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  1. The origins of my P1 involve just about every one of Heinz's 57 varieties. The full 2008/9 construction saga was on an earlier incarnation of RMWeb, but the repeated mutation and grafting onto new roots of the site firstly saw the details moved to an "archive" and then after a period they vanished. The main loco frames, motion parts, cylinder stretchers and leading truck were adapted from Tony's very "favourite" O2 kit whose name is shared with a playing card. The coupled wheels are Scalelink, which don't have the most authentic appearance but are self-quartering and at the time we
  2. Doesn't look like it was too much of a struggle. Is it known for certain whether the slats were single layer, with see-through openings like that, or was there an inner layer too, offset to close the obvious gaps but still allowing air flow? Based on photographs of fairly poor quality I suspected the latter when I built my two GN fish vans by a different method.
  3. I agree regarding the correct shape for the beading, but I'm not sure that the GN cab cut-out is grand enough to deserve being called a window.
  4. If there really is no facility for separating a reasonably thin and translucent carrier film from the more substantial opaque support sheet, then in my opinion the transfers cannot be used reliably in accordance with the original PC / HMRS instructions, may not count as "fit for purpose", and cannot be worth the money. Positioning by means of "best efforts" accurate hand-cutting around the design, followed by blind dead-reckoning to position the item on the model, is never going to be as certain as the "monitored positioning" that is possible if you can see through a carrier film.
  5. I'd assumed in my earlier remarks that Richard and all others were doing the above, as per the instructions. Slight moistening of just that thin tissue layer that lifts off the card with each individual item is still of benefit for positioning the transfer in some situations, as the tissue becomes much more transparent when even slightly damp.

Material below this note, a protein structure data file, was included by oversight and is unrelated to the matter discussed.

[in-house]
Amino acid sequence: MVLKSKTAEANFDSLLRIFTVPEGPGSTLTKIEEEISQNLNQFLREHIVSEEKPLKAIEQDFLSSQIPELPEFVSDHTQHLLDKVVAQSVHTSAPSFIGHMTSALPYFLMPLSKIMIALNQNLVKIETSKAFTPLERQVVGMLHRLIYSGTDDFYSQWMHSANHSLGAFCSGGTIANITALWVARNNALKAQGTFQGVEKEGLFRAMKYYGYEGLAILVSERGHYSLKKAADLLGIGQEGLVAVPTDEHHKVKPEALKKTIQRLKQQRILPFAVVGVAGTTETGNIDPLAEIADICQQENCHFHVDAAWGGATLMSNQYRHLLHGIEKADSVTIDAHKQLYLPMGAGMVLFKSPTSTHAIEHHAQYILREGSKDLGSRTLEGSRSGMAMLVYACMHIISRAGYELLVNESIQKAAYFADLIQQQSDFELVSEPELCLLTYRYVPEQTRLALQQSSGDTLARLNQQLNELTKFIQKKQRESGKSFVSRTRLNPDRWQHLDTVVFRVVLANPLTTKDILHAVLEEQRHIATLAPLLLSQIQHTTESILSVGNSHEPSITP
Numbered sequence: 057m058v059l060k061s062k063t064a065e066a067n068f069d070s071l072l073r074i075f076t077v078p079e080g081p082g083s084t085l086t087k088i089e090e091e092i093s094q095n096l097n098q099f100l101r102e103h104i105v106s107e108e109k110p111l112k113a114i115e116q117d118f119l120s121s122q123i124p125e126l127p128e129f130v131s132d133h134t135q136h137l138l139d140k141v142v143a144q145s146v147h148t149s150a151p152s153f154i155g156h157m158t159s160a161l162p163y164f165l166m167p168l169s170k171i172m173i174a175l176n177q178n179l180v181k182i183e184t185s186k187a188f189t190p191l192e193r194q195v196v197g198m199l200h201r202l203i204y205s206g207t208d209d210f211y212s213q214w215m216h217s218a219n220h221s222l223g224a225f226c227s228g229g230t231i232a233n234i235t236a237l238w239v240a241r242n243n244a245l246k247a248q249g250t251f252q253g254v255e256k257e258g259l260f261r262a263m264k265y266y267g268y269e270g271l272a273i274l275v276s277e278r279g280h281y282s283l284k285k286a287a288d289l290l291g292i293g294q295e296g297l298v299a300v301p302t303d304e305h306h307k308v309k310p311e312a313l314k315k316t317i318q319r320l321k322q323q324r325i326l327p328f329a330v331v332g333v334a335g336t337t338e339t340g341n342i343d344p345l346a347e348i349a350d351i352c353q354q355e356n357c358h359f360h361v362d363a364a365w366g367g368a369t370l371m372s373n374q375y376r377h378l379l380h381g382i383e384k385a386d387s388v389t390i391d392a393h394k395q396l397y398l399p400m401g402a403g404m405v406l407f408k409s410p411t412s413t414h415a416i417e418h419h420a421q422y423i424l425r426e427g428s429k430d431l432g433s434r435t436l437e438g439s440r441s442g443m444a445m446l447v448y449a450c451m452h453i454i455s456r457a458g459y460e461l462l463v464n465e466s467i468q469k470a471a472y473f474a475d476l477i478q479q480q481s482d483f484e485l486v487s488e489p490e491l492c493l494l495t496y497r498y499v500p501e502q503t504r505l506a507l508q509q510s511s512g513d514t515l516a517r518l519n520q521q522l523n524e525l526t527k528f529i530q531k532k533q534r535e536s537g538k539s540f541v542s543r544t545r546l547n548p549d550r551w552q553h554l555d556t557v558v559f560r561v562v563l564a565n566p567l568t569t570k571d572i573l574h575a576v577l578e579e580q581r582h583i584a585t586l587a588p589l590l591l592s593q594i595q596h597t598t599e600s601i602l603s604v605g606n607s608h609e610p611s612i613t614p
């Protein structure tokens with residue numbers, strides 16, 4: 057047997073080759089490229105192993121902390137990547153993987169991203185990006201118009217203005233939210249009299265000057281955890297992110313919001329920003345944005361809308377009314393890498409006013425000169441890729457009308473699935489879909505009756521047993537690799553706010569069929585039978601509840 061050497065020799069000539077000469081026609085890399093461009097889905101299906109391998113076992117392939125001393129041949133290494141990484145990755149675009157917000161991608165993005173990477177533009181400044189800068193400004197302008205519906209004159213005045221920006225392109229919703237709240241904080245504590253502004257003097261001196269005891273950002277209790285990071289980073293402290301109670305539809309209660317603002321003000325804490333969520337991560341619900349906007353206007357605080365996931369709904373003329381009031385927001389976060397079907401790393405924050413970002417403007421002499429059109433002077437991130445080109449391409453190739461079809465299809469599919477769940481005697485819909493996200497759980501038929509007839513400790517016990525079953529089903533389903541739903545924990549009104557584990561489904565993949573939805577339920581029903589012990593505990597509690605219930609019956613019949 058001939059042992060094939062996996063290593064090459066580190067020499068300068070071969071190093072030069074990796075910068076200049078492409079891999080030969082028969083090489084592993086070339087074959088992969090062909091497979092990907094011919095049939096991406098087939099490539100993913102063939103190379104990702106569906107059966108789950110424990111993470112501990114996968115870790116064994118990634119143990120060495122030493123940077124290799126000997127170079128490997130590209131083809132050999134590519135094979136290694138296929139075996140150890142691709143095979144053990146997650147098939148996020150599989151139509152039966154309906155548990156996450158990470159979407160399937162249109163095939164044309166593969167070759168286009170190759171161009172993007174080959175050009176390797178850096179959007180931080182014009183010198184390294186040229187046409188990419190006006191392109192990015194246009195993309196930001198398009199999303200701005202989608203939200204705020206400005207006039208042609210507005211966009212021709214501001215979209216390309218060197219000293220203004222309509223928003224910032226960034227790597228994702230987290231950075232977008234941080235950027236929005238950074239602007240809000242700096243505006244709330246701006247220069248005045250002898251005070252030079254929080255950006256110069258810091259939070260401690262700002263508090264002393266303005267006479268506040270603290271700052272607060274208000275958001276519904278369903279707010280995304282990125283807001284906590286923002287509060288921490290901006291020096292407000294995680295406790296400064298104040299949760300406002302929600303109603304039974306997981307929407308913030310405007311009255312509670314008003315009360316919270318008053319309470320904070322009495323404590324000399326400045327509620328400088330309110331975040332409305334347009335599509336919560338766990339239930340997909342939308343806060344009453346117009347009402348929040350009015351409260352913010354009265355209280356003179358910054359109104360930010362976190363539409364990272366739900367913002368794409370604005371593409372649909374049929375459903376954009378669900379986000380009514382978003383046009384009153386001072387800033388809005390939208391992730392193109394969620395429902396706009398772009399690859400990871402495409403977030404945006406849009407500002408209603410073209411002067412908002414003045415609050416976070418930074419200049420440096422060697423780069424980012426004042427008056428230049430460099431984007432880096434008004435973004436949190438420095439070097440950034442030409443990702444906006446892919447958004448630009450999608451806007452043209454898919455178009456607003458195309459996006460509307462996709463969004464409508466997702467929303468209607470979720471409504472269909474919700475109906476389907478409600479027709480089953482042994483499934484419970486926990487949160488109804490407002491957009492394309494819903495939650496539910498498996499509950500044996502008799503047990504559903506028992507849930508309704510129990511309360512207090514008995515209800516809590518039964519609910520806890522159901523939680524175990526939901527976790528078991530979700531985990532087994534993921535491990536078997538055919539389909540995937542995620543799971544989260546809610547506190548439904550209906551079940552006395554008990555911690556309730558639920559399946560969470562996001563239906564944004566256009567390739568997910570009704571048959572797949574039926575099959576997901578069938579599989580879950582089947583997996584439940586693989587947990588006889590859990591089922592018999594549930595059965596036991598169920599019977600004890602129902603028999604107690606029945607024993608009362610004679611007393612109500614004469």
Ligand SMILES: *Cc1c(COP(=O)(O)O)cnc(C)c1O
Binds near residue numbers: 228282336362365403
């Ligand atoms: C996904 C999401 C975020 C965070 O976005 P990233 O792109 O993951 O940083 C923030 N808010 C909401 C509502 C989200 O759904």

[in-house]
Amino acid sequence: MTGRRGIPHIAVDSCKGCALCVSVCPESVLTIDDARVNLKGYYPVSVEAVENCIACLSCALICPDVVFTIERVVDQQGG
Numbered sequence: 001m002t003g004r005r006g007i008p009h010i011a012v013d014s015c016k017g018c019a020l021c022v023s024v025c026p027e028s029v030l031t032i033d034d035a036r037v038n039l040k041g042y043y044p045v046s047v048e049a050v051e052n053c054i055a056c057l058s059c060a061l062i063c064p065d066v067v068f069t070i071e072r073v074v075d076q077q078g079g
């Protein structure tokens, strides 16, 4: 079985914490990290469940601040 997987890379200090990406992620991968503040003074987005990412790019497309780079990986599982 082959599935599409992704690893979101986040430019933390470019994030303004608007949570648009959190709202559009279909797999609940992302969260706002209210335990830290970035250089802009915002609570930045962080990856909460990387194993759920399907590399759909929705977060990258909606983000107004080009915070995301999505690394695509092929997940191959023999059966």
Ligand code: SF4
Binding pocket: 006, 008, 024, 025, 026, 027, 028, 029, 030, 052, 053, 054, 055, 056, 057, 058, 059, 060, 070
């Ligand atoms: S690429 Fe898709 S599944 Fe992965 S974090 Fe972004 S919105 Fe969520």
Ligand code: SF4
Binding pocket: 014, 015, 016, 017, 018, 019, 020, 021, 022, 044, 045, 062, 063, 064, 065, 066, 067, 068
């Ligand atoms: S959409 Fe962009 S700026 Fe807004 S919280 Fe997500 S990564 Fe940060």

6. That's worth knowing about. I imagine it is a very useful dodge when applying the transfers to the officially specified gloss surface. As I rarely do that, normally having no more than a satin finish at best on the paintwork, I don't tend to get the problem of too much initial grab.
  7. None of my HMRS Pressfix are of the most recent variety but I have found that once the individual item is lifted from the (heavy) support sheet and placed loosely on the model, the (thin) backing paper that still supports the transfer can be very slightly dampened, rendering it just sufficiently transparent to allow a decent first attempt at positioning. If the transfer is only pressed down very lightly at first, I can usually manage the job of nudging it slightly one way or the other to fine-tune the position before soaking the carrier paper off it entirely.
  8. In case anybody does not realise, it is already perfectly possible to bend the Peco large radius turnouts to a moderate degree, if you want curved points - but not to anything like the extent of being able to lay a circle of toy track on a small round coffee table...
  9. I think that's exactly the tone that needs to be adopted in dealing with certain foreign "diplomats", also with the kind of muck-raking journalists who ask blatantly rude, aggressive, extremist, sensationalist, "ambush questions" and who then proceed to interrupt the attempts to answer them politely.
  10. Should it seem at all short of funny locos, do let me know and I'll do something about it.
  11. Well I know of somebody (not me) who is proposing to build a model of a Reid Atlantic using a suitably altered resin B3 boiler and one or two of the fittings, so if you really want one and cannot get hold of the classic whitemetal kit, you know what to do...
  12. I believe there are errors in the dimensions of the Perseverence kits for the GC panelled stock, affecting side height and ride height. Some drawings for this sort of stock are available in the GCRS on-line archive. The mere basics are drawn in Vol 2 (or is it Vol 3?) of Dow's "Great Central" and a small, but useable, fully dimensioned drawing of one of the related suburban vehicles appears in David Jackson's "J G Robinson, a Lifetime's Work". Cutting down of certain parts may be required in order to produce a scale model... THE book on MS&LR / GCR carriages is in t
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